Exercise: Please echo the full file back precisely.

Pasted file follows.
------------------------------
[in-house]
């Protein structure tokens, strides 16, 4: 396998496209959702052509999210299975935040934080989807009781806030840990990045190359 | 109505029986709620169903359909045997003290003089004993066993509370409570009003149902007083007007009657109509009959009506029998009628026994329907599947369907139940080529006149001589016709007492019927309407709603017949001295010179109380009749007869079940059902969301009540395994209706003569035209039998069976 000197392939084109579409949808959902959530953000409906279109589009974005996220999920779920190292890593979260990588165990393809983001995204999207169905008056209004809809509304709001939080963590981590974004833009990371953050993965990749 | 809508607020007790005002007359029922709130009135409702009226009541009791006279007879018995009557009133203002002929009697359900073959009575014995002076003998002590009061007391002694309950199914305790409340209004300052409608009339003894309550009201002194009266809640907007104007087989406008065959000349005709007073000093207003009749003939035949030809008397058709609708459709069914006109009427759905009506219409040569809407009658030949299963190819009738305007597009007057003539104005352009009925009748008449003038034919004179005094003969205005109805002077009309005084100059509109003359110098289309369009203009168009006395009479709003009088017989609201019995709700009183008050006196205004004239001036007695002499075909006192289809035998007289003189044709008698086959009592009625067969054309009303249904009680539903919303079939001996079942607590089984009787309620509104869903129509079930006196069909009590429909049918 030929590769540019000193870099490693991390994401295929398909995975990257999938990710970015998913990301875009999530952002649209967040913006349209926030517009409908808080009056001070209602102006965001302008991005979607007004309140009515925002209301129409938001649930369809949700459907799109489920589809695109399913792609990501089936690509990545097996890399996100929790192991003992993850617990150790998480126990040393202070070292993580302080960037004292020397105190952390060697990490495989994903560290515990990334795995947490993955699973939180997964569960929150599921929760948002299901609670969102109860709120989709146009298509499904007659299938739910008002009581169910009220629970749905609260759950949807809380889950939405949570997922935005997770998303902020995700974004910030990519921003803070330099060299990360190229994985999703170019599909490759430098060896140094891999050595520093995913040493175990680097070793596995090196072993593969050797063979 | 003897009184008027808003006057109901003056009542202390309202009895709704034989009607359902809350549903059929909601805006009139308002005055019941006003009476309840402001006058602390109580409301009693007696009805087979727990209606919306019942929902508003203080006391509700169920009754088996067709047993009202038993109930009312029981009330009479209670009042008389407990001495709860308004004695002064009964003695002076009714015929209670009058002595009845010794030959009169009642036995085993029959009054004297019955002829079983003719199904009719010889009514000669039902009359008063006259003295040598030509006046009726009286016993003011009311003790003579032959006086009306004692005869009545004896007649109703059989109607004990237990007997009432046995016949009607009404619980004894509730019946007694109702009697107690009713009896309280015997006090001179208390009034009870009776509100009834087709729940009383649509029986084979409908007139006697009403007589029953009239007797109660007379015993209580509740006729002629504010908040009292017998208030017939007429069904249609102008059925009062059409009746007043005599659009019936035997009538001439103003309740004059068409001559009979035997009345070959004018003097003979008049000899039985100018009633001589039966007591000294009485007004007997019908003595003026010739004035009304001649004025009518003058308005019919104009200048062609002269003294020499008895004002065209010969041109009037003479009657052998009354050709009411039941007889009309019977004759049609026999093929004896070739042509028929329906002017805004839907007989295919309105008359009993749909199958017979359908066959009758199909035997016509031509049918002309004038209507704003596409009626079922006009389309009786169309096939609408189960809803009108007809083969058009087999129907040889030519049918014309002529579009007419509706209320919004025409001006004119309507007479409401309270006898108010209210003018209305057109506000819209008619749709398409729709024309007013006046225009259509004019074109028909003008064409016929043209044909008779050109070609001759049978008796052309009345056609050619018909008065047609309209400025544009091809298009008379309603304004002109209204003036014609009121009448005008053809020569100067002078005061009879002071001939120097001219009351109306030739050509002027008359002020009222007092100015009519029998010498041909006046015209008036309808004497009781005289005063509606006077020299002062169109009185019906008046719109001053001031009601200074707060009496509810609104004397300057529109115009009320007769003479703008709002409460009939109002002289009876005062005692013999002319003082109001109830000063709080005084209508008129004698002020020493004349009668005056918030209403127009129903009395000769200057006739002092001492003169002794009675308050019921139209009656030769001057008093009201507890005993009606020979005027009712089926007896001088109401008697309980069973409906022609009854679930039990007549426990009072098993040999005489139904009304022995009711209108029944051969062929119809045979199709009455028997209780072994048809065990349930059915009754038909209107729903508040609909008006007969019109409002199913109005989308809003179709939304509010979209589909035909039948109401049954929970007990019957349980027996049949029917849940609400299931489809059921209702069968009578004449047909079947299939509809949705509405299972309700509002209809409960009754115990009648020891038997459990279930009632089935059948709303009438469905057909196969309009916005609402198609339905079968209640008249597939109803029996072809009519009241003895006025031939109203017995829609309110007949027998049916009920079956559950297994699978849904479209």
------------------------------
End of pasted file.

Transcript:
[in-house]
């Protein structure tokens, strides 16, 4: 396998496209959702052509999210299975935040934080989807009781806030840990990045190359 | 109505029986709620169903359909045997003290003089004993066993509370409570009003149902007083007007009657109509009959009506029998009628026994329907599947369907139940080529006149001589016709007492019927309407709603017949001295010179109380009749007869079940059902969301009540395994209706003569035209039998069976 000197392939084109579409949808959902959530953000409906279109589009974005996220999920779920190292890593979260990588165990393809983001995204999207169905008056209004809809509304709001939080963590981590974004833009990371953050993965990749 | 809508607020007790005002007359029922709130009135409702009226009541009791006279007879018995009557009133203002002929009697359900073959009575014995002076003998002590009061007391002694309950199914305790409340209004300052409608009339003894309550009201002194009266809640907007104007087989406008065959000349005709007073000093207003009749003939035949030809008397058709609708459709069914006109009427759905009506219409040569809407009658030949299963190819009738305007597009007057003539104005352009009925009748008449003038034919004179005094003969205005109805002077009309005084100059509109003359110098289309369009203009168009006395009479709003009088017989609201019995709700009183008050006196205004004239001036007695002499075909006192289809035998007289003189044709008698086959009592009625067969054309009303249904009680539903919303079939001996079942607590089984009787309620509104869903129509079930006196069909009590429909049918 030929590769540019000193870099490693991390994401295929398909995975990257999938990710970015998913990301875009999530952002649209967040913006349209926030517009409908808080009056001070209602102006965001302008991005979607007004309140009515925002209301129409938001649930369809949700459907799109489920589809695109399913792609990501089936690509990545097996890399996100929790192991003992993850617990150790998480126990040393202070070292993580302080960037004292020397105190952390060697990490495989994903560290515990990334795995947490993955699973939180997964569960929150599921929760948002299901609670969102109860709120989709146009298509499904007659299938739910008002009581169910009220629970749905609260759950949807809380889950939405949570997922935005997770998303902020995700974004910030990519921003803070330099060299990360190229994985999703170019599909490759430098060896140094891999050595520093995913040493175990680097070793596995090196072993593969050797063979 | 003897009184008027808003006057109901003056009542202390309202009895709704034989009607359902809350549903059929909601805006009139308002005055019941006003009476309840402001006058602390109580409301009693007696009805087979727990209606919306019942929902508003203080006391509700169920009754088996067709047993009202038993109930009312029981009330009479209670009042008389407990001495709860308004004695002064009964003695002076009714015929209670009058002595009845010794030959009169009642036995085993029959009054004297019955002829079983003719199904009719010889009514000669039902009359008063006259003295040598030509006046009726009286016993003011009311003790003579032959006086009306004692005869009545004896007649109703059989109607004990237990007997009432046995016949009607009404619980004894509730019946007694109702009697107690009713009896309280015997006090001179208390009034009870009776509100009834087709729940009383649509029986084979409908007139006697009403007589029953009239007797109660007379015993209580509740006729002629504010908040009292017998208030017939007429069904249609102008059925009062059409009746007043005599659009019936035997009538001439103003309740004059068409001559009979035997009345070959004018003097003979008049000899039985100018009633001589039966007591000294009485007004007997019908003595003026010739004035009304001649004025009518003058308005019919104009200048062609002269003294020499008895004002065209010969041109009037003479009657052998009354050709009411039941007889009309019977004759049609026999093929004896070739042509028929329906002017805004839907007989295919309105008359009993749909199958017979359908066959009758199909035997016509031509049918002309004038209507704003596409009626079922006009389309009786169309096939609408189960809803009108007809083969058009087999129907040889030519049918014309002529579009007419509706209320919004025409001006004119309507007479409401309270006898108010209210003018209305057109506000819209008619749709398409729709024309007013006046225009259509004019074109028909003008064409016929043209044909008779050109070609001759049978008796052309009345056609050619018909008065047609309209400025544009091809298009008379309603304004002109209204003036014609009121009448005008053809020569100067002078005061009879002071001939120097001219009351109306030739050509002027008359002020009222007092100015009519029998010498041909006046015209008036309808004497009781005289005063509606006077020299002062169109009185019906008046719109001053001031009601200074707060009496509810609104004397300057529109115009009320007769003479703008709002409460009939109002002289009876005062005692013999002319003082109001109830000063709080005084209508008129004698002020020493004349009668005056918030209403127009129903009395000769200057006739002092001492003169002794009675308050019921139209009656030769001057008093009201507890005993009606020979005027009712089926007896001088109401008697309980069973409906022609009854679930039990007549426990009072098993040999005489139904009304022995009711209108029944051969062929119809045979199709009455028997209780072994048809065990349930059915009754038909209107729903508040609909008006007969019109409002199913109005989308809003179709939304509010979209589909035909039948109401049954929970007990019957349980027996049949029917849940609400299931489809059921209702069968009578004449047909079947299939509809949705509405299972309700509002209809409960009754115990009648020891038997459990279930009632089935059948709303009438469905057909196969309009916005609402198609339905079968209640008249597939109803029996072809009519009241003895006025031939109203017995829609309110007949027998049916009920079956559950297994699978849904479209």